Since its establishment, HRW has consistently been criticized for being an agent of U.S. foreign policy, employing former U.S. government officials in key positions and displaying bias against governments unfriendly to the United States.
NEW YORK — Human Rights Watch (HRW) has condemned a general amnesty for over a thousand Bolivians persecuted under the one-year dictatorship of Jeanine Añez. Yesterday, the Washington-based human rights organization decried the plan to drop all charges against people resisting the government as “opening the door to impunity.” Its Americas director, Jose Miguel Vivanco, said that the new law “undermines victims’ access to justice and violates the fundamental principle of equality before the law.” HRW alleges that a handful of anti-coup demonstrators carried out serious crimes, such as arson or kidnapping, while opposing the regime, thus making general amnesty seriously problematic.
New President Luis Arce won an overwhelming electoral victory in October after a citizens’ revolt paralyzed the country and forced Añez to hold an election. Human Rights Watch notes with concern that this new decree “suggests that anyone prosecuted by the Áñez government for actions during social protests had their rights violated,” something that many consider to be obvious and uncontroversial.
“Human Rights Watch is criticizing the Bolivian government for lifting the charges against leftists who were persecuted by the former coup regime (seriously). This is why Bolivians are suspicious of these U.S. NGOs,” reacted Bolivian journalist Ollie Vargas.
Human Rights Watch is criticising the Bolivian government for lifting the charges against leftists who were persecuted by the former coup regime (seriously). This is why Bolivians are suspicious of these US NGOs. https://t.co/pV8My0u9FU
— Ollie Vargas (@OVargas52) March 11, 2021
An odd position for a human rights org
A layperson might expect one of the best known human rights organizations in the world to celebrate the acquittal of over a thousand innocent people charged with “crimes” such as reporting on massacres in a way that displeased the government, hospital workers treating the regime’s victims, or calling Añez a “dictator” in WhatsApp conversations. Yet HRW strongly supported the coup as it was taking place, insisting that President Evo Morales was actually “resigning” of his own accord, and merely “traveling to Mexico” rather than fleeing at the barrel of a gun.
HRW’s executive director, Ken Roth, made a series of public statements on social media expressing his delight, even as security forces took over La Paz, massacring civilians and overthrowing a democratically-elected president. Roth also described the coup approvingly as an “uprising” and a “transitional moment” for Bolivia, while presenting Morales as an out-of-touch “strongman.” For Roth, Morales was “the casualty of a counter-revolution aimed at defending democracy…against electoral fraud and his own illegal candidacy,” falsely alleging that Morales had ordered the army to shoot protesters.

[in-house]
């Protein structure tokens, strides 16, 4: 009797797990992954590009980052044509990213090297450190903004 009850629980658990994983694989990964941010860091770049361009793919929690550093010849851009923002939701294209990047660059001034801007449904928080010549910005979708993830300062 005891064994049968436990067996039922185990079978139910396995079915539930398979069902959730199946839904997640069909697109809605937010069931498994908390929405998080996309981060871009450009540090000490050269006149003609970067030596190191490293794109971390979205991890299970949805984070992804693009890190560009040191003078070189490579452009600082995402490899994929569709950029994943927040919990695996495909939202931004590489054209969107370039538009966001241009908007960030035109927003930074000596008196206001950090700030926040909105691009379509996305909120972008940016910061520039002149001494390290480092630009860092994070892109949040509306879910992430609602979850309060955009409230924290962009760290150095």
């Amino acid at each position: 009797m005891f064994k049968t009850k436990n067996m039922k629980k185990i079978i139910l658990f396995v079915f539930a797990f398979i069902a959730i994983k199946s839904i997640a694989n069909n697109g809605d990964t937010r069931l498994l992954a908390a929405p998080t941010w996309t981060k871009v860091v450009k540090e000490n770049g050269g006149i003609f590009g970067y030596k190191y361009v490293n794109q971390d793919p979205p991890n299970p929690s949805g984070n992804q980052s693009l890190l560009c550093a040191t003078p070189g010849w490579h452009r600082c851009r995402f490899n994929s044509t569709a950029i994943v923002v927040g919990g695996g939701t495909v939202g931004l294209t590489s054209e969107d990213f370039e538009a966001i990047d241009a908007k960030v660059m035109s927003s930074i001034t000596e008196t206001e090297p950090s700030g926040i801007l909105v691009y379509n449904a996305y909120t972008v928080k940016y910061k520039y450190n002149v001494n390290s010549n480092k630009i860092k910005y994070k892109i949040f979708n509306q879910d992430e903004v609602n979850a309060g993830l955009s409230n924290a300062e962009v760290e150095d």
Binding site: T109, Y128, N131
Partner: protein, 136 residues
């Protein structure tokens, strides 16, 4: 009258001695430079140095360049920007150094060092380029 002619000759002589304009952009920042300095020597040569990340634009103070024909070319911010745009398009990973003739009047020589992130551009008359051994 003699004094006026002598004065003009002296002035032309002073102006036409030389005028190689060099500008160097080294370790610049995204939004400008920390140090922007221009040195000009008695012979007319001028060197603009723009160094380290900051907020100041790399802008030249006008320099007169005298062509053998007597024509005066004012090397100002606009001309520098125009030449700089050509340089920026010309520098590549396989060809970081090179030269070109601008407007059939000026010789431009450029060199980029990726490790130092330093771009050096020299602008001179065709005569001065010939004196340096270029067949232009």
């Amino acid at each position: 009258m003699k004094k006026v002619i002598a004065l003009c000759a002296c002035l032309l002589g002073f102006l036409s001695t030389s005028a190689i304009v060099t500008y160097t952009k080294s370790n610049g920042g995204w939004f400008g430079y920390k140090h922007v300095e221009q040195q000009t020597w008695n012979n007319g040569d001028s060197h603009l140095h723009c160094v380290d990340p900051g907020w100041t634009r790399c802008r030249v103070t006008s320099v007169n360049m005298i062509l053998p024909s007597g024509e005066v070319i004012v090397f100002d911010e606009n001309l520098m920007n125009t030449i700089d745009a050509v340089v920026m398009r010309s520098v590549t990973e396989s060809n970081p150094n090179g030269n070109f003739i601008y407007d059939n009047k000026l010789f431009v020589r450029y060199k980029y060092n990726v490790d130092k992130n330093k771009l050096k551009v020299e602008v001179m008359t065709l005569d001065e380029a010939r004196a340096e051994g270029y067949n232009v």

As Roth was making his pronouncements, Añez was signing a new law that gave security forces complete immunity for killing dissenters. HRW described this as a “problematic decree,” as if Añez had merely used insensitive language. The organization also attempted to hide who were the perpetrators of the ensuing massacres, telling readers that “nine people died and 122 were wounded” during a Cochabamba demonstration, but refusing to fill them in on who was dying and who was shooting.
Even in yesterday’s 2,800-word report, published 16 months after the incident, the word “coup” is completely absent. Instead, HRW states (emphasis added) that Morales “was forced to resign on November 10, 2019, after the commanders of the armed forces and the police asked him to step down.” Morales, however, made it clear at the time that he was leaving only to avoid a bloodbath.
HRW also continues to describe Añez as the “interim president” — her own, propagandistic word for her role — rather than “dictator,” and maintains that Morales’s election was “controversial” because of “allegations of electoral fraud.” This is despite the fact that the allegations were immediately debunked by independent statisticians. Last month, HRW demanded that Donald Trump be prosecuted because he promoted false theories of a “stolen election” in the U.S. Yet, in Bolivia, HRW itself is doing exactly the same thing — and based on just as shaky evidence.